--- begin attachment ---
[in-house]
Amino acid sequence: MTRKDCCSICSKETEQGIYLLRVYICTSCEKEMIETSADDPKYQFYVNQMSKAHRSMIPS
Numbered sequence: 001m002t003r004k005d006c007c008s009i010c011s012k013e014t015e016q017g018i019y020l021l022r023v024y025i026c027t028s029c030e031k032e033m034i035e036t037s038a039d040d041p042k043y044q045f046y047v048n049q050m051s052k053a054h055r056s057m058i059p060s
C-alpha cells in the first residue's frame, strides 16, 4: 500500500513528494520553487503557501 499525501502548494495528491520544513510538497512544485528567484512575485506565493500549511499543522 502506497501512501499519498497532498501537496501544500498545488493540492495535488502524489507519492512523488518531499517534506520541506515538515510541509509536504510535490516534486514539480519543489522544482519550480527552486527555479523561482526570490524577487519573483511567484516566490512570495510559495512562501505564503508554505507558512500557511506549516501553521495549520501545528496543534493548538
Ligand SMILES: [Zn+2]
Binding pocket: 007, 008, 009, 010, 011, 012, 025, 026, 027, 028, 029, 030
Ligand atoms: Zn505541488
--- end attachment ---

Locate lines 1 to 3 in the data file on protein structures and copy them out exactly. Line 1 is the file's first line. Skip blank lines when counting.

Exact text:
[in-house]
Amino acid sequence: MTRKDCCSICSKETEQGIYLLRVYICTSCEKEMIETSADDPKYQFYVNQMSKAHRSMIPS
Numbered sequence: 001m002t003r004k005d006c007c008s009i010c011s012k013e014t015e016q017g018i019y020l021l022r023v024y025i026c027t028s029c030e031k032e033m034i035e036t037s038a039d040d041p042k043y044q045f046y047v048n049q050m051s052k053a054h055r056s057m058i059p060s